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Absalom, Absalom! was Awesome, Awesome! Book Review

Uploaded by Quest4Glory on Jun 19, 2005

Book Report on Absalom, Absalom!

I'll admit straight off the bat that I'm not a huge fan of stream-of-consciousness narratives. In fact, I dislike such styles more often than I enjoy them. ABSALOM, ABSALOM! was also the first work by William Faulkner that I have ever read, which (judging by the reviews on this site) is apparently not the best place I could have started. Yet despite these potential problems, I quite enjoyed the overall book. There were several places where I found the narrative voice to be quite tedious, but the story was so captivating that these difficulties were well worth struggling through.

As I said, I don't usually like the stream-of-consciousness style of writing. When done incorrectly, it can lead to books full of hopelessly incoherent rambling that is neither insightful nor interesting. However, in the case of ABSALOM, ABSALOM!, I'll grudgingly admit that the style does help the story quite a bit. Some of the asides and passages were extremely effective at conveying the atmosphere of the South during the Civil War. The various misconceptions that several characters have (the reader can only gradually piece together the truth) are perfectly true to their personalities and reveal more about the people in this story than the actual events would have. That said, some of the more esoteric portions of the text had me nearly throwing the book across the room in angry confusion. Fortunately for the sake of my library, my walls and my sanity, those more obscure sections are not terribly numerous, and many of them can become penetrable, albeit after the second or third reading.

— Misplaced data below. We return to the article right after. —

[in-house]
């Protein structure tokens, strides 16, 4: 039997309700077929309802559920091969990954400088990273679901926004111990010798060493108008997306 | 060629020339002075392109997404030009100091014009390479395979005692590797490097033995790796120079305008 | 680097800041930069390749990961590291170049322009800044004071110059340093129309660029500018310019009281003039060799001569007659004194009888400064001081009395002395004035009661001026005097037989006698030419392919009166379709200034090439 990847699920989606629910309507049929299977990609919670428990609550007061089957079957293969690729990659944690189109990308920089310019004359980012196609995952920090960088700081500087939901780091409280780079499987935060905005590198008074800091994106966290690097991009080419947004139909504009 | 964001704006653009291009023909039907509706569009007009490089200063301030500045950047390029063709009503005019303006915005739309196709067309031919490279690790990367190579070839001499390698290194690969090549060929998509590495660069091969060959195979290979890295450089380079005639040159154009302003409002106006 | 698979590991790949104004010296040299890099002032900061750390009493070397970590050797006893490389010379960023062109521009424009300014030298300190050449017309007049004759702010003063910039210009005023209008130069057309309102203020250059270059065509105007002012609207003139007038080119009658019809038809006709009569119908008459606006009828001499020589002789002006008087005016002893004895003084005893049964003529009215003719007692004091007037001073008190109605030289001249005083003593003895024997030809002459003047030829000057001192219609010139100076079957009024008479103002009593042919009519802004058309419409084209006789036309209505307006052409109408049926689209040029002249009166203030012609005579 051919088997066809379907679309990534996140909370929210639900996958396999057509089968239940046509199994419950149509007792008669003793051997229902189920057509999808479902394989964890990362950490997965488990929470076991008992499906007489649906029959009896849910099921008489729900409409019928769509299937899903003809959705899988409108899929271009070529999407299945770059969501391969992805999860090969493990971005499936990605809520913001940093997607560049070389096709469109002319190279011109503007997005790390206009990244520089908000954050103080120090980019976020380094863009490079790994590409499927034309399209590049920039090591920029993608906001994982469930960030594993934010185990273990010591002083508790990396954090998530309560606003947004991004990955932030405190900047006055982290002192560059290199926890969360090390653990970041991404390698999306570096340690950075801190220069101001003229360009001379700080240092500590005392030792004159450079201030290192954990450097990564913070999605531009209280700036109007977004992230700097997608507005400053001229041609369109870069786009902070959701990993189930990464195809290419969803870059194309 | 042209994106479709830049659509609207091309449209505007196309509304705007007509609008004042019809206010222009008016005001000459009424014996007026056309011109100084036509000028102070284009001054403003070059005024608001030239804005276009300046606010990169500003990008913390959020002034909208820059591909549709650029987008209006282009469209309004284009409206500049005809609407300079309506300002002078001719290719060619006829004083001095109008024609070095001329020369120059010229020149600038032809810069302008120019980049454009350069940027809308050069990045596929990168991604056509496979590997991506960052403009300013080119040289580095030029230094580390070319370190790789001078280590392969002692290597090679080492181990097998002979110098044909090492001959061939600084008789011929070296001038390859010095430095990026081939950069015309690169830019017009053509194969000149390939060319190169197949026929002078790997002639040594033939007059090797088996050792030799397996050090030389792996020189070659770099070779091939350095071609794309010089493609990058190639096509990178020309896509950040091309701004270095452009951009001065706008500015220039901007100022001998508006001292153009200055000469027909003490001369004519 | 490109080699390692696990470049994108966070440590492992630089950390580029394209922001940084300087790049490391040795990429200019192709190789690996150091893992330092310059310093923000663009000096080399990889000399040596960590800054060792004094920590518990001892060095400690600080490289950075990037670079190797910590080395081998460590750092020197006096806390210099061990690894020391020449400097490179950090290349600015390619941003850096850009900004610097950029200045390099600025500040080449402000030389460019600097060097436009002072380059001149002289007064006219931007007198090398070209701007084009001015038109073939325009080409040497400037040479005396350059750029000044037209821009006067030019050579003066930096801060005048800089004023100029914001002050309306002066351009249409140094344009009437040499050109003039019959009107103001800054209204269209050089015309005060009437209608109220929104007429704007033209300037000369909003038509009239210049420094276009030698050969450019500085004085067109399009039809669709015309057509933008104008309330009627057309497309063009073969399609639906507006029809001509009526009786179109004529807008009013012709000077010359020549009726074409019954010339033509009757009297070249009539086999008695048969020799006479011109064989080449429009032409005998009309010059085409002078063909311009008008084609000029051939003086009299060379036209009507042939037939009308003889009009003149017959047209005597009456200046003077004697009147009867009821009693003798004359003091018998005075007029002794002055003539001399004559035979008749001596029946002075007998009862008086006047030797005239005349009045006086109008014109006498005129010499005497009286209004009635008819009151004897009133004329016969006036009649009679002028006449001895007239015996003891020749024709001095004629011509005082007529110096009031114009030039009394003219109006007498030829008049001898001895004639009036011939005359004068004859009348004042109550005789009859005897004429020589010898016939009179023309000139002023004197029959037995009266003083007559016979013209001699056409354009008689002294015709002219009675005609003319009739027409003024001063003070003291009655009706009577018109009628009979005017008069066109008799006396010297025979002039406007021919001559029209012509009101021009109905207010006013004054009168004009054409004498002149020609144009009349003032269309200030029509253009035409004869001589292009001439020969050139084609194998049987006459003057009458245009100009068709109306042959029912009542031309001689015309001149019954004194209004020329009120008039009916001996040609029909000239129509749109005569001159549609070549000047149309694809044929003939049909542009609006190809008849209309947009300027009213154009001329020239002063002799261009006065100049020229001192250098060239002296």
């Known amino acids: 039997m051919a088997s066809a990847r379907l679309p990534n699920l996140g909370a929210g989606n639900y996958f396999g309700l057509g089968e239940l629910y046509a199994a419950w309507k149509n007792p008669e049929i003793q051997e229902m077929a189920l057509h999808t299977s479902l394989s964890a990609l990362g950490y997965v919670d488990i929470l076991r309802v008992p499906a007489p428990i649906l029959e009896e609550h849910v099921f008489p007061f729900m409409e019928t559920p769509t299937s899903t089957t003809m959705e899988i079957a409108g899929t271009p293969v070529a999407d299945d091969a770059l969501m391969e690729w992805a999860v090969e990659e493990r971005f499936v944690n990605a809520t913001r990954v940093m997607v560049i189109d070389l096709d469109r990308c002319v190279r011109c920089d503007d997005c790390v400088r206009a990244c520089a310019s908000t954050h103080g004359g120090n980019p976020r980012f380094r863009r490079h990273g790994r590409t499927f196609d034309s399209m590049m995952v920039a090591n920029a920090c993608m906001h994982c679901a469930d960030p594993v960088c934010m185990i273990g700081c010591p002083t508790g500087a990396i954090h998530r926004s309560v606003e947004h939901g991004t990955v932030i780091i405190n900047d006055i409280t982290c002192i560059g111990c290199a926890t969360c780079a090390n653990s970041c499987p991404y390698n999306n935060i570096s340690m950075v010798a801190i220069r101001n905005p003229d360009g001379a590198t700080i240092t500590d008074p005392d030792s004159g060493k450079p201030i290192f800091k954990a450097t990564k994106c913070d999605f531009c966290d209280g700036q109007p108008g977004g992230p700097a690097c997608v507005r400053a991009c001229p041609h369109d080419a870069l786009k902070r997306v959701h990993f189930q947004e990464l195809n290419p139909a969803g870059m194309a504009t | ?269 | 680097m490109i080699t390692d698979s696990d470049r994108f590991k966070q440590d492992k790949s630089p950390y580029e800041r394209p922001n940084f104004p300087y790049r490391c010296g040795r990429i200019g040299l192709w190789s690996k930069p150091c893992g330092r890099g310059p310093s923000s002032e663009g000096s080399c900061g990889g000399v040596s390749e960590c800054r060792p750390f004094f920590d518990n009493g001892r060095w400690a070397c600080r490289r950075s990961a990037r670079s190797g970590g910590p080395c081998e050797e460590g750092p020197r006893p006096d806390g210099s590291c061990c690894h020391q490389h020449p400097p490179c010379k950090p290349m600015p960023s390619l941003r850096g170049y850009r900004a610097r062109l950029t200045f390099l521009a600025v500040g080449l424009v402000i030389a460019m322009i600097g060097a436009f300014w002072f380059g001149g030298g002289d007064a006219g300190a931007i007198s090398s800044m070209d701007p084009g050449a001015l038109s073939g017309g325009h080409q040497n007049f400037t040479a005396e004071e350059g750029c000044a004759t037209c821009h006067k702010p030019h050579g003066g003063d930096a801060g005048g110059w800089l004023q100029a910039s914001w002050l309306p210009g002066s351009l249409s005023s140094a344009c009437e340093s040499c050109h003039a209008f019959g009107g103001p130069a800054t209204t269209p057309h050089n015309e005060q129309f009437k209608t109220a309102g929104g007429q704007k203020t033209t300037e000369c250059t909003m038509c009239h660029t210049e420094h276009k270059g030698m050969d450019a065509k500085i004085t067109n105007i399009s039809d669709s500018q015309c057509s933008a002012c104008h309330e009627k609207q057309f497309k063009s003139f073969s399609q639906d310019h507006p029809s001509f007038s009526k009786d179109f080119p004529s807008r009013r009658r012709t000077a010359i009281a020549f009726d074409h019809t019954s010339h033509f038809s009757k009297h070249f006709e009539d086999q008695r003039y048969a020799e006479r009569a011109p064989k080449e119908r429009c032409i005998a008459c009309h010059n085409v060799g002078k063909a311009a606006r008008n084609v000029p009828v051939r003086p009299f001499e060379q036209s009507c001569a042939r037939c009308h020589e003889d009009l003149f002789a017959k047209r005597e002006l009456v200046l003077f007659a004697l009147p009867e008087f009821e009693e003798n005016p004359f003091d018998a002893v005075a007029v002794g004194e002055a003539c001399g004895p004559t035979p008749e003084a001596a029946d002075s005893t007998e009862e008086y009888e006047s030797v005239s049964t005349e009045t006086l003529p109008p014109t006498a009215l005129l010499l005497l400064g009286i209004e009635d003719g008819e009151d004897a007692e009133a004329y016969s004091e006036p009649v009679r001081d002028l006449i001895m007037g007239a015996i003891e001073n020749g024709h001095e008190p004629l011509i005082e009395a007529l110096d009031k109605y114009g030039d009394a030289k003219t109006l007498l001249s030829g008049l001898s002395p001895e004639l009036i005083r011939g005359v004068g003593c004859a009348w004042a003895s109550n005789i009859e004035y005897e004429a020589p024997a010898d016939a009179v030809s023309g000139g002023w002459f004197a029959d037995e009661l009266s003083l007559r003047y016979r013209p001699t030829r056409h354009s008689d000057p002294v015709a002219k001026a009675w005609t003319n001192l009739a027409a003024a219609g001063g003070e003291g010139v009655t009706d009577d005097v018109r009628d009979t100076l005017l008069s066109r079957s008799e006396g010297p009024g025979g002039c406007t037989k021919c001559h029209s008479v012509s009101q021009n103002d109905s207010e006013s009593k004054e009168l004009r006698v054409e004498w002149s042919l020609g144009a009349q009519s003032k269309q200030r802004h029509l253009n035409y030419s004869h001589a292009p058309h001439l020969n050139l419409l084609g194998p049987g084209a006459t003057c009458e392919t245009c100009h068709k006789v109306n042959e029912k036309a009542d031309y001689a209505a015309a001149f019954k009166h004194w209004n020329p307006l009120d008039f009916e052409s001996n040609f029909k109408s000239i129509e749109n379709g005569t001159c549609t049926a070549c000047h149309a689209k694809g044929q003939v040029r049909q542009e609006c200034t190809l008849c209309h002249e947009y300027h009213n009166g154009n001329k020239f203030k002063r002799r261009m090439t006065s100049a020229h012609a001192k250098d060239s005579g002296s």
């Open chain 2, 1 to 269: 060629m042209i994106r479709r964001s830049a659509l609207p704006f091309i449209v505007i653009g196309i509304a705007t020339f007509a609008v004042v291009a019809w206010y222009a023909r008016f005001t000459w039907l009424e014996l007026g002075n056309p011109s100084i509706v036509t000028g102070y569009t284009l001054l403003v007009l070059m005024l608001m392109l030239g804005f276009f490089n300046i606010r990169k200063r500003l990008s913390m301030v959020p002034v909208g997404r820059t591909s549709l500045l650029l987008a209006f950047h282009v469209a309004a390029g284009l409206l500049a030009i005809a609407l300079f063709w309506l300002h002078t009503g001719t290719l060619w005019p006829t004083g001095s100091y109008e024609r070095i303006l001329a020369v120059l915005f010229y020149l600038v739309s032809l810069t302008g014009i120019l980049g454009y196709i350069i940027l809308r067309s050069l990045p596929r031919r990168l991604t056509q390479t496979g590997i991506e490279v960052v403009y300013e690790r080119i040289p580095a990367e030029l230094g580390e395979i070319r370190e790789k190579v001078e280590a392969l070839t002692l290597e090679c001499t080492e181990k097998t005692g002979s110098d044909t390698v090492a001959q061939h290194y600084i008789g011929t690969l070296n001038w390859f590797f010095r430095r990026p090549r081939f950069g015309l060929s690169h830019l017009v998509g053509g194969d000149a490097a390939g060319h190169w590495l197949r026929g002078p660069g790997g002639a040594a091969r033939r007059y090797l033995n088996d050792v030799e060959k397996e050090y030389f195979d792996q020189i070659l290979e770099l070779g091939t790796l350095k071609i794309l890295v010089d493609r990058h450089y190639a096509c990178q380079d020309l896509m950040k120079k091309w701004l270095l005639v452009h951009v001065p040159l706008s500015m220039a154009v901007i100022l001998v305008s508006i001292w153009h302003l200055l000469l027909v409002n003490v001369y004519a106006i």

One of the aspects of the novel I most appreciated was Faulkner's ability to set my expectations in one direction, and then completely pull the rug out from under me. There were several major twists and turns that I genuinely did not anticipate. Characters' understandings are fallible, and yet whenever something that someone had said turned out to be false, I never felt cheated. While a lot of the narrative shocks stem from people misunderstanding events from long ago, the mistakes they make are perfectly valid, and I never once felt that Faulkner had deliberately caused people to misconstrue happenings merely to drive the plot.

Racism plays a major part in this story, so be prepared to see some language and activities that aren't politically correct. Faulkner is showing racism for exactly what it...

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Uploaded by:   Quest4Glory

Date:   06/19/2005

Category:   Literature

Length:   3 pages (601 words)

Views:   4795

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